The Deficit is Stagnating, Just Like the Economy

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behindthedoorThe rest of the world seems to be suffering from austerity fatigue – apart from the Berlin and Dublin governments (and London too – but no-one is holding it up as a model for anything).

The Department of Finance tells us that the deficit is improving. DoF reports that the general government deficit fell from €22.4bn in 2009 to €12.4bn in 2012. But it is widely known that the impact of bailing out bank shareholders and bondholders has had a hugely distorting effect on public finances. Unfortunately, DoF does not show these effects in the same release as the overall government finances, and you need to go to a separate database to get these data.

Adding the two together produces a measure of the underlying deficit, excluding both costs and revenues from the bailout. It is regrettable DoF doesn’t do this itself.

The table below shows the deficit excluding the effects of the bank bailout.

2009 2010 2011 2012
General Government Deficit -22.4 -48.3 -21.3 -12.5
Bank bailout net expenditure/receipts -3.8 -31.5 -5.7 +1.6
Underlying Deficit (excl. bank bailouts) -18.6 -16.8 -15.6 -14.1

Fig.1 – General Government Deficit Excluding Effects of Bailouts for Bank Shareholders and Bondholders, €bn. Source: Department of Finance

There is another factor to be taken into account. Hardly anyone suggests that the reduction in government investment is a welcome development. Even supporters of ‘austerity’ suggest it is nothing more than a temporary evil, or an unavoidable necessity. The government has pledged not to cut it further.

As a result, while it has a significant bearing on the economy, it is not strictly part of the ideological offensive supporting austerity at all. Therefore it is worth looking at the underlying deficit (excluding both bank bailouts and the effects of growth) after taking into account the government’s own reduction in investment (Gross Fixed Capital Formation). Without cutting investment sharply the deficit would not have been on much of an improving trend.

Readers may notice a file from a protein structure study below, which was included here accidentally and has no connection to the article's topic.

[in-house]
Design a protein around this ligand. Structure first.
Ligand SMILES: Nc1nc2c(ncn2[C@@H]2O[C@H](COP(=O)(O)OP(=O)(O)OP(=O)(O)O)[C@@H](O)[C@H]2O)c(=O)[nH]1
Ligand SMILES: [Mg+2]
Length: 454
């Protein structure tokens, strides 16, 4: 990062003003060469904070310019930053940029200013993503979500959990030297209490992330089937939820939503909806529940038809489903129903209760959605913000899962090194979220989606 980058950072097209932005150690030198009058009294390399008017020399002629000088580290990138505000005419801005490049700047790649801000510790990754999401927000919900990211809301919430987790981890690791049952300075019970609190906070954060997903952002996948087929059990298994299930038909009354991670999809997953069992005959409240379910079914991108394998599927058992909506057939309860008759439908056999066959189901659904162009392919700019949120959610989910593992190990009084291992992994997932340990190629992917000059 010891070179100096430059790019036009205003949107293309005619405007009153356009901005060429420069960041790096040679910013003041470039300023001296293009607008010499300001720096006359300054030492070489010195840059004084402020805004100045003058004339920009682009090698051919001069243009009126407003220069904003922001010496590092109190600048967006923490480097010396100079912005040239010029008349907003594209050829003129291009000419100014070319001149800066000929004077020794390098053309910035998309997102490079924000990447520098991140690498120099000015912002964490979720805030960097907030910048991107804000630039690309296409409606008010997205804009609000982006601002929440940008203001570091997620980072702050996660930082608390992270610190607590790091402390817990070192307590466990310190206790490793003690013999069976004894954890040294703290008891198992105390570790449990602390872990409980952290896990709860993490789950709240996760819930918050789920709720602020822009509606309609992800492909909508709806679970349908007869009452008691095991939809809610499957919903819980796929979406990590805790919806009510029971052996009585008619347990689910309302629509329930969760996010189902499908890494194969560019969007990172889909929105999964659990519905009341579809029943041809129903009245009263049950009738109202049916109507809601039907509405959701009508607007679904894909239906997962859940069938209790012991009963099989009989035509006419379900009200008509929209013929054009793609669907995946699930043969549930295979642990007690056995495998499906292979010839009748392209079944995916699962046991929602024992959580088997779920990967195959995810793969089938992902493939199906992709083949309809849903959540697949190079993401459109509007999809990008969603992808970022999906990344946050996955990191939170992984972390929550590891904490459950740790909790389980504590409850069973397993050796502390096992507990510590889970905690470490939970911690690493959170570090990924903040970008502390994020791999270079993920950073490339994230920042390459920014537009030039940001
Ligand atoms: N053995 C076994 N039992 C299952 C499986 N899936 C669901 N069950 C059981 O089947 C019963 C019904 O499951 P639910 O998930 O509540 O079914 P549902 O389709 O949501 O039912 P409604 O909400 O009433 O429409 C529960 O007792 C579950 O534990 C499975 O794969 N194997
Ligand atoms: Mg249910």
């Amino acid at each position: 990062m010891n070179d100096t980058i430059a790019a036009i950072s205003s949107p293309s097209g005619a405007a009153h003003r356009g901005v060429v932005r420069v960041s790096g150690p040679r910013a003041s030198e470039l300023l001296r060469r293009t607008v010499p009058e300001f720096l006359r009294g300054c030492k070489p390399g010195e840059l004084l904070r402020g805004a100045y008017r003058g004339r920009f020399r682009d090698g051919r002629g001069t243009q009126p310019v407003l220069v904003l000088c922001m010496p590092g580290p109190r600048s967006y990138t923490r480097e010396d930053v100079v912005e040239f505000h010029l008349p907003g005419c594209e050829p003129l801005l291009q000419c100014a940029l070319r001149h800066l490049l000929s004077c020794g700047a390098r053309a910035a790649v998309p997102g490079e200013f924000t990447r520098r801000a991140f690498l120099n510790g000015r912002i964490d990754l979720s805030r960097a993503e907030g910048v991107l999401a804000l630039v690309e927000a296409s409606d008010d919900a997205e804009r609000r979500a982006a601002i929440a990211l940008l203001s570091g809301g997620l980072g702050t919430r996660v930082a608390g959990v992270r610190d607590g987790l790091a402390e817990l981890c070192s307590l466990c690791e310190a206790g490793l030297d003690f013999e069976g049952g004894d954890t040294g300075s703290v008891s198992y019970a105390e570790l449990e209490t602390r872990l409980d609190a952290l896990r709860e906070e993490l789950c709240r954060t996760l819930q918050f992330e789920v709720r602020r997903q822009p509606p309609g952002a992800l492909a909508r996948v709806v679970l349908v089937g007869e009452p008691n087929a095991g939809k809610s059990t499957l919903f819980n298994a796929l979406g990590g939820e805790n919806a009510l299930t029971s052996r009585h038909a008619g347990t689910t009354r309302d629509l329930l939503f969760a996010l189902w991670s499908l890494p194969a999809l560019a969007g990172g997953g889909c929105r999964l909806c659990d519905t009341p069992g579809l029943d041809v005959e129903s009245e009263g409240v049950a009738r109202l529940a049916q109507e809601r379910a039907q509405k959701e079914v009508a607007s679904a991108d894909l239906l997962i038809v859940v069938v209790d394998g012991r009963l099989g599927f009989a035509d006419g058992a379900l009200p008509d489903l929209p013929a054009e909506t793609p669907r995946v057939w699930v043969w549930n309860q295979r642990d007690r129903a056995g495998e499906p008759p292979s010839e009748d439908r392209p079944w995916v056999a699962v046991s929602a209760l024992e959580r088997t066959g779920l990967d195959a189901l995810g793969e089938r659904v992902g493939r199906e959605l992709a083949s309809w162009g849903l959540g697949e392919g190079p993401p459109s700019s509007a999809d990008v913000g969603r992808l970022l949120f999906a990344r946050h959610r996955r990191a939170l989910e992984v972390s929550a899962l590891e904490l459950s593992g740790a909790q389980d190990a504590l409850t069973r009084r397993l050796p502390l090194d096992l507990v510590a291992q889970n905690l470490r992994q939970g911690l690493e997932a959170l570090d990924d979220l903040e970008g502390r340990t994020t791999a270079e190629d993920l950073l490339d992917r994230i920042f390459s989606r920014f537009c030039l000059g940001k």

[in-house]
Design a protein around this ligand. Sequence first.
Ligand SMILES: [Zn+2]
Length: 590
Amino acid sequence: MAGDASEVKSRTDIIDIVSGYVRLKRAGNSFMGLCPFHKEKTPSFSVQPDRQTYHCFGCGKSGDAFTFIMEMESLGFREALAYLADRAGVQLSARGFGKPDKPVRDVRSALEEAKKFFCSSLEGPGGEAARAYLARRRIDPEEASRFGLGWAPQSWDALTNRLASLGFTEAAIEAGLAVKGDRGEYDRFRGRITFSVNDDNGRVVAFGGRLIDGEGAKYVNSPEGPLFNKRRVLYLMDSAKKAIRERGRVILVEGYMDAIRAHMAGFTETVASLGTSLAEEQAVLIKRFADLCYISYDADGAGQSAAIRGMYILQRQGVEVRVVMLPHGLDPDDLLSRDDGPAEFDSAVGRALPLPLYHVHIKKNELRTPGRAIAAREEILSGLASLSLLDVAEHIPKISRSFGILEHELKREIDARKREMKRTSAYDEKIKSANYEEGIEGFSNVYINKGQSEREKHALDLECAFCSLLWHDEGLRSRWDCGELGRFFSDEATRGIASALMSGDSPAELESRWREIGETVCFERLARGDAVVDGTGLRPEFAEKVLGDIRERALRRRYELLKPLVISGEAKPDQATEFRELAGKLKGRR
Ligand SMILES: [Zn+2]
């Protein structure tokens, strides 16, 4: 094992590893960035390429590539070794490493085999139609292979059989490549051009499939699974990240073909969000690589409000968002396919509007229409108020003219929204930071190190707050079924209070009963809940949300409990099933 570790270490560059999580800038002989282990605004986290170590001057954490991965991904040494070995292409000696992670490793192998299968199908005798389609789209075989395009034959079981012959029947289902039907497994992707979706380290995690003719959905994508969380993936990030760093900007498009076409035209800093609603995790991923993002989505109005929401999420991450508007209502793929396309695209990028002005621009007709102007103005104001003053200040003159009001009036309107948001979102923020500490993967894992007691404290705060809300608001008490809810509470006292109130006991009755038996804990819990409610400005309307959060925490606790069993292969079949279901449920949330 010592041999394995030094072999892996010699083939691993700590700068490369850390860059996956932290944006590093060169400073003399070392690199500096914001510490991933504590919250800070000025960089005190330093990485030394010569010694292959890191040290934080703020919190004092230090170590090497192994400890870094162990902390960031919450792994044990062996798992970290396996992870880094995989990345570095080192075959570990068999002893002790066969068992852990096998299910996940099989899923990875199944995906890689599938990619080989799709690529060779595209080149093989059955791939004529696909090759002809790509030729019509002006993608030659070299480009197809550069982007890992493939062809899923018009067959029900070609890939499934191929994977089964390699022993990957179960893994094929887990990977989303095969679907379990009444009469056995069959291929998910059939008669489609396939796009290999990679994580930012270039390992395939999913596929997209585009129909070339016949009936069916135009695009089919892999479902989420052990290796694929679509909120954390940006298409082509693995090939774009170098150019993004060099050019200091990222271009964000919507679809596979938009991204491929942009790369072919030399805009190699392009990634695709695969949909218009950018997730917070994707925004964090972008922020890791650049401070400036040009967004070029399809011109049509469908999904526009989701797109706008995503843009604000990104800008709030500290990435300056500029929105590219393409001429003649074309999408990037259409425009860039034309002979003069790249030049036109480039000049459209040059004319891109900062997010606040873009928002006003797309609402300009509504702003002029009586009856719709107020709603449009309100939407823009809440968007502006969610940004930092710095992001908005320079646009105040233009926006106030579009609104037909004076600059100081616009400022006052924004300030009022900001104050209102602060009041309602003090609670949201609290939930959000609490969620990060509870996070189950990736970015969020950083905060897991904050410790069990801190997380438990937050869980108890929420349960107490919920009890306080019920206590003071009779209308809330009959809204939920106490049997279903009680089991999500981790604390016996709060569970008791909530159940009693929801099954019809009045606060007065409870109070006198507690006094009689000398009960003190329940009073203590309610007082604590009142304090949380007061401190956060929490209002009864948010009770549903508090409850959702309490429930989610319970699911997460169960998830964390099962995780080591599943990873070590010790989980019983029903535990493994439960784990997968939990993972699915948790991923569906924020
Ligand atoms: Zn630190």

2009 2010 2011 2012
a. Underlying Deficit (excl. Effect of bank bailouts & growth) -18.6 -16.8 -15.6 -14.1
b. Govt. GFCF 6.1 5.5 4.0 3.3
c. Underlying deficit, (excluding investment & bank bailouts) (a-b) -11.5 -11.3 -11.6 -10.8

Fig. 2: Underlying Current Deficit (excluding bank bailouts), removing cuts in Government GFCF, €bn. Source: Author’s calculations, Department of Finance

On this measure the trend in the deficit is still downwards, but only marginally so. Once both the effect of the bank bailouts and the cuts in government capital investment are stripped out, the decline in the deficit is a paltry €700mn since 2009.

Unsurprisingly, while the economy has stagnated since the slump so has the underlying deficit. The chart below shows the trend in GNP and the underlying deficit since 2007. In effect, a slump has been followed by stagnation. The deficit is a mirror image of growth; a sharp rise has been followed by a flatlining deficit. The modest improvement in 2012 as whole reflected the moderate uptick in economic activity, which gave way to renewed recession at the end of 2012.

1_aMBGraphGNP_underlyingDef

The underlying deficit is not really on an improving trend. It remains dependent on growth, which itself remains elusive.

Supporters of austerity in Ireland maintain that export-led growth will be the salvation of the economy. But recorded exports have already risen strongly without lifting the economy out of Depression and there is a question mark about the continued strength of exports in the period ahead.

There is also a larger question looming. Ireland is a capitalist economy and set to remain so for a considerable period. Yet its capitalists have stopped producing capital. The implications of that startling fact will be addressed in a further post.

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